Be mindful of others’ health concerns

A student argues that students should take precautions to protect themselves and others from COVID-19 and monkeypox when returning to campus.


After two years of required masking on campus, Temple University may be returning to “normal.” Masks are no longer required in non-healthcare spaces, asymptomatic testing will be phased out and students and employees with vaccine exemptions won’t be tested regularly. 

However, as monkeypox begins to spread in Philadelphia, students have yet another public health concern on top of the continued risk of COVID-19.

Students must be mindful of other peers’ and employees’ concerns about both viruses by closely monitoring and protecting their own health and masking if someone asks them to. Having conversations about people’s health-related concerns and continuing to take steps to reduce the risk of infection in classrooms and other shared spaces can help create a safe and healthy environment for those who feel uncomfortable returning to campus amid the new guidelines.

“Communication is important for anything, and it’s just as important with your health,” said Emma Esterbrook, a senior public health major. “The more we talk about it, the more normalized the conversations become and the more likely people are to respect your own health decisions.”

Although the university’s COVID-19 guidance has been approved by Temple’s Public Health Advisory Council and aligns with Philadelphia’s masking policy, the Temple Association of University Professionals, a union composed of all Temple faculty, professional librarians and academic professionals, doesn’t believe Temple made the right call. 

“Not having any option to mandate masks indoors is a mistake,” said Danielle Scherer, assistant professor of political science and global studies and TAUP’s vice president of operations. “It’s particularly irresponsible to ignore the science and create a potential cluster of cases on campus, especially in the first couple of weeks as people return from relatively far away.”

As the spread of monkeypox is a relatively new concern and different from COVID-19, Temple is monitoring the situation and not currently taking further steps to mitigate the virus, said Mark Denys, senior director of health services.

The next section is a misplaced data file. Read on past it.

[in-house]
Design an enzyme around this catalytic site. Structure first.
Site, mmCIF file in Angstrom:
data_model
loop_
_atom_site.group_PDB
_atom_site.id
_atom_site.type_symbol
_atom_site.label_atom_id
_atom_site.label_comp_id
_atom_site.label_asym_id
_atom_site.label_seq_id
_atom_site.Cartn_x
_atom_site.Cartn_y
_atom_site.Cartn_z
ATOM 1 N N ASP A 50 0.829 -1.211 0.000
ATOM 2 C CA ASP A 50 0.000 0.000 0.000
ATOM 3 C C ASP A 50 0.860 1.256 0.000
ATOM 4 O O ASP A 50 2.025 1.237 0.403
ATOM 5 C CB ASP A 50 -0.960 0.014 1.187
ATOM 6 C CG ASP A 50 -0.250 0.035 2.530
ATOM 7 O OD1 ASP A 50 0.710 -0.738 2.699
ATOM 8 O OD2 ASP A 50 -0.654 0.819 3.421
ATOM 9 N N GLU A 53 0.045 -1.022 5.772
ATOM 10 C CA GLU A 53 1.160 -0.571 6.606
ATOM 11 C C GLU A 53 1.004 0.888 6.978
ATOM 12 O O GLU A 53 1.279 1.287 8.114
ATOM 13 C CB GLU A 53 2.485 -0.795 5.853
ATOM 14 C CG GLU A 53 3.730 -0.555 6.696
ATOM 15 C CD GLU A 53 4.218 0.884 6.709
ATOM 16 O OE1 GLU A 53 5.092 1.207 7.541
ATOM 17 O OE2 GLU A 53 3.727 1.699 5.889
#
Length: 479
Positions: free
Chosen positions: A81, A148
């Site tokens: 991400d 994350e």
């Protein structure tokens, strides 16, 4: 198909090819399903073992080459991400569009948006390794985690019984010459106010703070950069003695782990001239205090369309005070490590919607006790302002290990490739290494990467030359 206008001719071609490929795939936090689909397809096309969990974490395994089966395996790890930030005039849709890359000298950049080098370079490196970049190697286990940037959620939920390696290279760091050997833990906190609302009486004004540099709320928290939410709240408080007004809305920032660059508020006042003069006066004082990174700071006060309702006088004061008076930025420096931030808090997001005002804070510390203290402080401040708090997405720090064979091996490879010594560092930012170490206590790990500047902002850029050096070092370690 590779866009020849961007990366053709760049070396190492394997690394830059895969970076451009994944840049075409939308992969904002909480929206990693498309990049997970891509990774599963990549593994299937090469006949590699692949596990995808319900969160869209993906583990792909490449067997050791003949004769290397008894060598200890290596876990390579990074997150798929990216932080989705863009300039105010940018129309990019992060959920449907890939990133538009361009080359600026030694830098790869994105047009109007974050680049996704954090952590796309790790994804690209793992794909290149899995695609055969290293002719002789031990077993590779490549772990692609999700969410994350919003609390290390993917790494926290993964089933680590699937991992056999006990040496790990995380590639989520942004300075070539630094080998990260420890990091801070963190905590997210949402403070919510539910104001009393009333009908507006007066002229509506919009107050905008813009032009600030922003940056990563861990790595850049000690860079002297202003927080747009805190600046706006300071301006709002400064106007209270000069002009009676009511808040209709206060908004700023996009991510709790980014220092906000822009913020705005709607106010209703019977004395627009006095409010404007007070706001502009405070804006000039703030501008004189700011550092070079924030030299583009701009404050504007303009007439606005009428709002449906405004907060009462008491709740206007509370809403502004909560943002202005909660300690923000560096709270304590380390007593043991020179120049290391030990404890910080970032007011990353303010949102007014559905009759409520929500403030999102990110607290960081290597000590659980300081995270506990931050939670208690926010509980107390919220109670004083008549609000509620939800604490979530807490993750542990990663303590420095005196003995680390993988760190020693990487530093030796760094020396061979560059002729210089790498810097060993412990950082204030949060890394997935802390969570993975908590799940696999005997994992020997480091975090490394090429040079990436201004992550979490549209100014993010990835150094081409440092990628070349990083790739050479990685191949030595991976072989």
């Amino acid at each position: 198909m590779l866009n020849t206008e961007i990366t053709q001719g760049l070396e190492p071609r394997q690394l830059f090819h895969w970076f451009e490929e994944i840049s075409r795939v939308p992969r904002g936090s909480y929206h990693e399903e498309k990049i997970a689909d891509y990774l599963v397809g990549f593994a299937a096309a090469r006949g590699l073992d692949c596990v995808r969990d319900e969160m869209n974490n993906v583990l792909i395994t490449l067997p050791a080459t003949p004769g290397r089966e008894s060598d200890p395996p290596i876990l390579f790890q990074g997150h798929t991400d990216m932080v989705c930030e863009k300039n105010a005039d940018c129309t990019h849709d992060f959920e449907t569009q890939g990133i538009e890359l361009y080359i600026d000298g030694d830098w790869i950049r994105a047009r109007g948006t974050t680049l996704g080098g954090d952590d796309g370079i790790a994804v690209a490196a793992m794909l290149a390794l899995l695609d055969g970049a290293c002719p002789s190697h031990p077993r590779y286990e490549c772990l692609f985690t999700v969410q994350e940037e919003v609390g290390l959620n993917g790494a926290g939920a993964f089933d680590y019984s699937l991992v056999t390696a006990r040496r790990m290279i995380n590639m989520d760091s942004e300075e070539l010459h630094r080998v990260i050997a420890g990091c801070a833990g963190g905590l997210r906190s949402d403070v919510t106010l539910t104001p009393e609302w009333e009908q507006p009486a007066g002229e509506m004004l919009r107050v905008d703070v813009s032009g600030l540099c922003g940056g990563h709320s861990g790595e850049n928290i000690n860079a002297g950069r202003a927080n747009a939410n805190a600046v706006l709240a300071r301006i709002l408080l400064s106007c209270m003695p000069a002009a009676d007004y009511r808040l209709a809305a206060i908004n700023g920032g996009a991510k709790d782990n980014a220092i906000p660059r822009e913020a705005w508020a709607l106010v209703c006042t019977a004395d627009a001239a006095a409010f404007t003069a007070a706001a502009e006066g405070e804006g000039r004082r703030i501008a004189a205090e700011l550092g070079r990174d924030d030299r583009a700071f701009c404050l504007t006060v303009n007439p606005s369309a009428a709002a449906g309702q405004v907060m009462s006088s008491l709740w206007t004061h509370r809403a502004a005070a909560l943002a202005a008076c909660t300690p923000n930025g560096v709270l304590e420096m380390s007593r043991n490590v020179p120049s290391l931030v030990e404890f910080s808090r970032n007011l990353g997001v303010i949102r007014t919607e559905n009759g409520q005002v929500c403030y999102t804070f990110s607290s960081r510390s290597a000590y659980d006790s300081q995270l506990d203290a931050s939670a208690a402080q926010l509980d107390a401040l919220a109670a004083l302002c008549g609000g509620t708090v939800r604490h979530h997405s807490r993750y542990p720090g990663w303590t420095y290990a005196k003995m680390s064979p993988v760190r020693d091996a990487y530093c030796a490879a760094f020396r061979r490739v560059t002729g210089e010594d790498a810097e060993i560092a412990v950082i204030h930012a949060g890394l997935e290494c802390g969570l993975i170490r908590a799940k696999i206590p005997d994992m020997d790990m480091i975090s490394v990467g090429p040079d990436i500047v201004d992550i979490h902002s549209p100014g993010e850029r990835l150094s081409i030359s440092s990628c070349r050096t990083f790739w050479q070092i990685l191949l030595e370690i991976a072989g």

Pennsylvania has nearly 500 confirmed cases of viral infection, with at least 257 cases in Philadelphia as of Aug. 22. Pennsylvania State University confirmed its first monkeypox case at its main campus on Aug. 13, becoming the third Pennsylvania university to confirm a case after West Chester and Bucknell initially reported cases. 

An estimated 6.2 percent of adults in the U.S. — about 15 million people — are living with weakened immune conditions, according to Johns Hopkins University and Medicine. Six in ten Americans have at least one chronic disease, according to the Pennsylvania Department of Health’s 2021 Chronic Disease Burden report. 

People who are immunocompromised, and may be learning or teaching in any Temple classroom, have a higher risk of facing hospitalization, experiencing further complications and developing worsened COVID-19 and monkeypox symptoms.

“There are a lot of people who are peers of you and your fellow students who have invisible disabilities,” Scherer said. 

Although many college-age students may feel less susceptible to COVID-19 and monkeypox, they must remember that many people they come in contact with are at higher risk, including those who may be undergoing cancer treatments or taking care of older family members.

To maintain consistent university policy, professors are not allowed to require masking within their classrooms, but they can highly recommend that students mask, Denys said. 

By masking in classrooms where it is encouraged, students can create a more comfortable atmosphere for those at risk for both viruses. 

“When they’re asking you to do that, they are asking you to make a choice to help protect not only them but other people in the class,” said Sarah Bass, a social and behavioral sciences professor and the director of the Risk Communication Laboratory in the College of Public Health. “That’s not a big sacrifice.”

Another step students can take to contribute to a healthy return to campus is taking advantage of Temple’s vaccine booster shot clinics on Aug. 29 and 30, which are essential for supporting the immune system against COVID-19. Temple is not currently offering the monkeypox vaccine, but those who are eligible can receive their vaccines through the City of Philadelphia. However, appointments are extremely limited due to a lack of vaccines.

“I’m double vaccinated,” Esterbrook said. “I’ve always been pro-wearing a mask, but I think at the end of the day it is up to the person and what they decide to do, but I would rather take that extra precaution because getting sick at this point isn’t necessarily worth it.”

While actively protecting themselves and others from COVID-19, students also should be considering how to protect against monkeypox. Monkeypox is most commonly spread through prolonged skin-to-skin contact, according to the Centers for Disease Control and Prevention.

Students can protect themselves from monkeypox by wearing clothing that covers most of their skin and being aware of their sexual partners’ health, Bass said. 

Big college parties where students are in close contact for an extended time are a risk for all students. Those events could cause a spike in COVID-19 infections and introduce monkeypox to Temple.

“Students just have to be diligent and think about their behavior and how they can do it in the safest way,” Bass said. 

By considering the health concerns of others and following steps to make everyone feel more comfortable, students can create a safe environment for everyone returning to campus for the Fall 2022 semester.

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